Since the creation of Medicare and Medicaid nearly 45 years ago, the government has operated on the bizarre illusion that it can separate acute medical care from personal assistance and long-term care. For real patients and their families, this makes no sense. Someone who is sick often needs both medical treatment and personal care. They should not have to worry about which is which.
But because this artificial wall defines government policy, it places many of the most vulnerable people in the nation at risk and very likely wastes billions of dollars.
An obscure provision of the Senate health bill attempts to at least crack that barrier. It would set up, for the first time, a government office charged with coordinating care for more than eight million “dual eligibles,” the poorest and sickest among us who receive both Medicare and Medicaid benefits. Organizing this care is especially important for the frail elderly, who often suffer from multiple chronic diseases, take a dozen or more medications, and may see 10 different doctors. And it matters to taxpayers who spend $200 billion per year caring for these patients.
To understand the problem, think about a 75-year-old I’ll call Fred. At 2:00 one morning, Fred wakes up with severe chest pains and breathing problems. He calls 911, and the EMTs transport him to the local hospital. There, he undergoes aggressive life-saving treatment, perhaps including major heart surgery, much of which is paid for by Medicare.
But it turns out that Fred’s heart attack caused serious damage to his heart muscle. As a result, it can no longer pump blood through his system as efficiently as it should. This disease, called congestive heart failure, is among the most common chronic illnesses of the elderly. CHF can be managed for many years with a combination of medications and other treatments, but it can be severely debilitating. In time, as the damaged heart becomes steadily weaker, getting out of bed, walking, eating, and making decisions become harder.
Still, someone with CHF, as well as those with many other chronic illnesses, can be cared for at home. But that requires a trained aide or willing family member. If there is no one to provide this help, patients such as Fred will almost surely wind up in a nursing home or receiving a high level of care in an assisted living facility.
Now, let’s make the story a little more complicated. Although Fred worked hard for most of his life, his heart disease has drained all of his financial resources and he receives both Medicare benefits and assistance through Medicaid, the joint state and federal health program for the poor. Medicaid was originally designed to provide health care for low-income mothers and their kids, but now spends two-thirds of its dollars on the aged and disabled.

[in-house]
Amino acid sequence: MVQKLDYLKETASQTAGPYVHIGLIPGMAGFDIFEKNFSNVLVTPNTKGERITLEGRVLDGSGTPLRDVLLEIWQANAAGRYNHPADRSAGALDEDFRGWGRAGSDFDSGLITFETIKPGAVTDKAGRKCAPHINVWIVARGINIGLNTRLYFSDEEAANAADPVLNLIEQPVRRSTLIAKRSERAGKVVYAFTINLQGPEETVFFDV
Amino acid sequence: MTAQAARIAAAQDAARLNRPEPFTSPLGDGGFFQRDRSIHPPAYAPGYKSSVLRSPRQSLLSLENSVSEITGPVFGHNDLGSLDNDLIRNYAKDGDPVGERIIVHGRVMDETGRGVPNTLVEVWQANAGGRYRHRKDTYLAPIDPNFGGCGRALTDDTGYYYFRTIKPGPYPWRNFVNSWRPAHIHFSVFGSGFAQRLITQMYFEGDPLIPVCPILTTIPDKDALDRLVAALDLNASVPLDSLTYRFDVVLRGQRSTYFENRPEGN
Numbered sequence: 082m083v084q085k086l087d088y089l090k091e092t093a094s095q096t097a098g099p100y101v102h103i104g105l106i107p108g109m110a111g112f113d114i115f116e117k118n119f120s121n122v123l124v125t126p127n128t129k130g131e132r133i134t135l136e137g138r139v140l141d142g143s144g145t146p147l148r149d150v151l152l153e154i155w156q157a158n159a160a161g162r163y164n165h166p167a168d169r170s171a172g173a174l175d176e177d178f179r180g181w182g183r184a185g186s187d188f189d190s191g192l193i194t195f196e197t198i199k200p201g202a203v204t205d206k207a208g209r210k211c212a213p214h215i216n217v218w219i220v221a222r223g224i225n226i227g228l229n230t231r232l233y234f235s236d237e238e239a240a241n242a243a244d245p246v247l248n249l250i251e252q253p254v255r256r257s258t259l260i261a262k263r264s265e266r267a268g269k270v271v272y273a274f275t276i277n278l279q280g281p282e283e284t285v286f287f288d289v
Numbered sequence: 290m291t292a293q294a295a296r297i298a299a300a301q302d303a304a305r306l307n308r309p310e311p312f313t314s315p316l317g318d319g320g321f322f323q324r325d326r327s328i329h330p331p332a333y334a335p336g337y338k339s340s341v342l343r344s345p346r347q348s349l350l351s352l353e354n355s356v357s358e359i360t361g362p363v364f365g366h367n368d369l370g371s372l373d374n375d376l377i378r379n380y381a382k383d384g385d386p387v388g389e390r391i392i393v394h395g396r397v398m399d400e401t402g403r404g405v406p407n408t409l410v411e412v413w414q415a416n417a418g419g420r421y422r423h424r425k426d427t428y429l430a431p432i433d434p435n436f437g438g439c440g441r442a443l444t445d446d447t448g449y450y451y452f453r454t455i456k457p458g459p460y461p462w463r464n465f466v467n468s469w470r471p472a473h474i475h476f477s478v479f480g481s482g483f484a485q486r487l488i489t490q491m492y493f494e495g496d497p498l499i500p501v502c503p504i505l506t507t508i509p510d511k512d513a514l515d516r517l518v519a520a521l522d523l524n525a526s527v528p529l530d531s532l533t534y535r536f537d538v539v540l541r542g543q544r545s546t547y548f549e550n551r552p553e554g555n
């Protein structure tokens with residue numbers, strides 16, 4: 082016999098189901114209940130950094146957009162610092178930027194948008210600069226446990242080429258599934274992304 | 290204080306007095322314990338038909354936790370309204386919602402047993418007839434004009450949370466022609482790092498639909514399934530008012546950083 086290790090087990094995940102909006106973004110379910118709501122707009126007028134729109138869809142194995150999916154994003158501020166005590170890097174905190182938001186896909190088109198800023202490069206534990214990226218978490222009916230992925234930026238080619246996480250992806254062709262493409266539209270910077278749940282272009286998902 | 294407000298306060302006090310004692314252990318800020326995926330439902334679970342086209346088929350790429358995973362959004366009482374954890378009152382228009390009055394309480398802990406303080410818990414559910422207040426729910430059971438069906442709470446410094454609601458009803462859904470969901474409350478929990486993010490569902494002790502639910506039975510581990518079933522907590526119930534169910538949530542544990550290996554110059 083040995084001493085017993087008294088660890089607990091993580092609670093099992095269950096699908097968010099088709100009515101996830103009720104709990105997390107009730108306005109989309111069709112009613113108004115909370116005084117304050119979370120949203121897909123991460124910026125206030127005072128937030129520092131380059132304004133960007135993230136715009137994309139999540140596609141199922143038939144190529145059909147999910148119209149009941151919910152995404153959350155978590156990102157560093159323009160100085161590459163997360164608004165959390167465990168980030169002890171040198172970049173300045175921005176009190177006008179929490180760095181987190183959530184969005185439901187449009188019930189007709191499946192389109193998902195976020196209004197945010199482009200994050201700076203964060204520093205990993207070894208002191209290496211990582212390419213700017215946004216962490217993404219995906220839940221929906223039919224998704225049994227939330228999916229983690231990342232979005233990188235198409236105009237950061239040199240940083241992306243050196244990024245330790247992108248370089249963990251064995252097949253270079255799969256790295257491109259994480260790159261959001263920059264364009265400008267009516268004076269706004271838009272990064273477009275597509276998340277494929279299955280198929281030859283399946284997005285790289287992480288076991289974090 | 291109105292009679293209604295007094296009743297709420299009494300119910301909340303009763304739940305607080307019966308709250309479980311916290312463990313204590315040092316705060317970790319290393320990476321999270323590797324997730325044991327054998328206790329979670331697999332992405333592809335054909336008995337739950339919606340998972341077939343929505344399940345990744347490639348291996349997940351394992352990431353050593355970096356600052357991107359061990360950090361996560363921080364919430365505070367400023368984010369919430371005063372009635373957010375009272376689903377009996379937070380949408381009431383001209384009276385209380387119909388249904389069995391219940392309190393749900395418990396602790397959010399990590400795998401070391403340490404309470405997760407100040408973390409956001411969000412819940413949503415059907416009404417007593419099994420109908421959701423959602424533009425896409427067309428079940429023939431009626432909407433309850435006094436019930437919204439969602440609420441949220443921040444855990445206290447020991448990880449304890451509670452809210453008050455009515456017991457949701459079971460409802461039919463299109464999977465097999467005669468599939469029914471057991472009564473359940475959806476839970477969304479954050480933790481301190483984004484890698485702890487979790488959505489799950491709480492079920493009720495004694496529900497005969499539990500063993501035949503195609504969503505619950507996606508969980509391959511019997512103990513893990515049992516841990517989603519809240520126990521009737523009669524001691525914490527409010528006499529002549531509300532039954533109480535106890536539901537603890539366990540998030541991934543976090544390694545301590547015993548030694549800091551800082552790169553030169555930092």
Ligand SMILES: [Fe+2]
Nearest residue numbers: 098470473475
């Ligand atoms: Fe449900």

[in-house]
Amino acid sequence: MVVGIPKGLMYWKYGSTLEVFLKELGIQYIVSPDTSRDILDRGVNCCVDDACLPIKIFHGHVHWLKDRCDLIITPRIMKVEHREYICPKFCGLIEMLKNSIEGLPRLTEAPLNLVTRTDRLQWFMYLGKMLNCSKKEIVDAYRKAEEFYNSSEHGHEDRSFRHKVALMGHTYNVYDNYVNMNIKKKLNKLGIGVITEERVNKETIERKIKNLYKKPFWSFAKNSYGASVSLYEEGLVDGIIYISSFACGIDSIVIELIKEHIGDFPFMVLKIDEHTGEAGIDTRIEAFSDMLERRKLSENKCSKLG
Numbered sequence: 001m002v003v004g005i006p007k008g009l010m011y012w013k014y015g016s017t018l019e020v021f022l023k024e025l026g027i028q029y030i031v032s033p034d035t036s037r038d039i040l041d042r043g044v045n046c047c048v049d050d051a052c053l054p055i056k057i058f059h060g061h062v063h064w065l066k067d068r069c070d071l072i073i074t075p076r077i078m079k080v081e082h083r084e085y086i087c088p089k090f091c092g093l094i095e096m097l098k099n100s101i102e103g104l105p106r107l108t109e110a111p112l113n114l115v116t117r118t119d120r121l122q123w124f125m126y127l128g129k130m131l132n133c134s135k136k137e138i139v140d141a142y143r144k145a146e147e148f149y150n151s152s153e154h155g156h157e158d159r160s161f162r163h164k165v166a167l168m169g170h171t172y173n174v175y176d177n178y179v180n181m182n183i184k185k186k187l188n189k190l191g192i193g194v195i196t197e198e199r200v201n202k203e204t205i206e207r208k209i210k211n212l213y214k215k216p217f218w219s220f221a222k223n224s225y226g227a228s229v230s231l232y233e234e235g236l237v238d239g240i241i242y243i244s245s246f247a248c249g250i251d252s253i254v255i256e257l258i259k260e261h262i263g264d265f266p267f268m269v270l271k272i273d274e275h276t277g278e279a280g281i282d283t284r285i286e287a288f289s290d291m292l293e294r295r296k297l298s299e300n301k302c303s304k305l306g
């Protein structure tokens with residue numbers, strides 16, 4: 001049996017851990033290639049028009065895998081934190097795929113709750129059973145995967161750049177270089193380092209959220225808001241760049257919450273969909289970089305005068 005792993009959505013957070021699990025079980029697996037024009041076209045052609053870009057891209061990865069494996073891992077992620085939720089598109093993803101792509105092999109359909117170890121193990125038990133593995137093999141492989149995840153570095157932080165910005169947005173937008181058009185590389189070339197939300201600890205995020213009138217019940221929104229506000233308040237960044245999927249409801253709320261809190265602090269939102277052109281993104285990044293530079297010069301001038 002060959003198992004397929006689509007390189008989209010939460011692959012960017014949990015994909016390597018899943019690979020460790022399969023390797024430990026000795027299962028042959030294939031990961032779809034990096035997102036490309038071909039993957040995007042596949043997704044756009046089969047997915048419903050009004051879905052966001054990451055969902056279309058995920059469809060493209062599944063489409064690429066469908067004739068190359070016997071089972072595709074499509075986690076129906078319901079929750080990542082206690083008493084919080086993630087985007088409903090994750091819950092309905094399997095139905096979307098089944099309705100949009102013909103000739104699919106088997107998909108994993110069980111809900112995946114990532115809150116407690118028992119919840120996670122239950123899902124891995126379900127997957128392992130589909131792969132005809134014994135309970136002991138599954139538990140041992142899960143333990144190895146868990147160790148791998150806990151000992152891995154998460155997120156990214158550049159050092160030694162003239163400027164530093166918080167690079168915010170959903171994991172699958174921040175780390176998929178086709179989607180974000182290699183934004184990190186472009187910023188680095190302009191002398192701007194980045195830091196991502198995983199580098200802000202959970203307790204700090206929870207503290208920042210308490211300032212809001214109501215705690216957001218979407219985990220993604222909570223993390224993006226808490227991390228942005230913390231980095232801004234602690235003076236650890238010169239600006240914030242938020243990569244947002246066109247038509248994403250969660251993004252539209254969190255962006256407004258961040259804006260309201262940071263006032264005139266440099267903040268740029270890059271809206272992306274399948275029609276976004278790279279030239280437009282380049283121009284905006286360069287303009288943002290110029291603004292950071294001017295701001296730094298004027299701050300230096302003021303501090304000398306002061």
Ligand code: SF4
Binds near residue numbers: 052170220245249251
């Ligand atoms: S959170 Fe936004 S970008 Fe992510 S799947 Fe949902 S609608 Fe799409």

But, with the exception of a handful of limited programs, Medicare and Medicaid do not coordinate their care. So Medicare will pay for most of the cost of Fred’s hospitalizations and for his medications, but - except for a limited period of time - not for the health aide he needs to stay at home. That is Medicaid’s responsibility.
The consequences of this are both potentially deadly for Fred and costly for the rest of us. Fred needs someone to help manage his meds, and help dress and feed him. He also needs someone to get him on a scale every day or two. That’s because weight gain is a sure sign that his heart is not pumping well. With proper warning, his doctors can get Fred back on track by simply adjusting his medications. But if this signal goes unnoticed, he’ll almost surely end up back in the emergency room.
And here is where this strange story takes its final twist. The aide who could help Fred avoid a medical crisis simply by weighing him is paid by Medicaid. But if she helps keep him out of the hospital, the biggest beneficiary is likely to be Medicare. Not surprisingly, cash-strapped states are not happy about having to pay for aides who reduce costs for the feds.
There are a few models out there that hold great promise for what could be. For instance, the Program for All-Inclusive Care for the Elderly (PACE) provides both adult day care and high quality medical treatment for these dual eligibles—and it is jointly funded by both Medicare and Medicaid. The two programs ought to find new ways to build on that model. And they could start by talking to one another.
Howard Gleckman, a resident fellow at the Urban Institute, is author of "Caring For Our Parents" and a frequent writer and speaker on long-term care issues.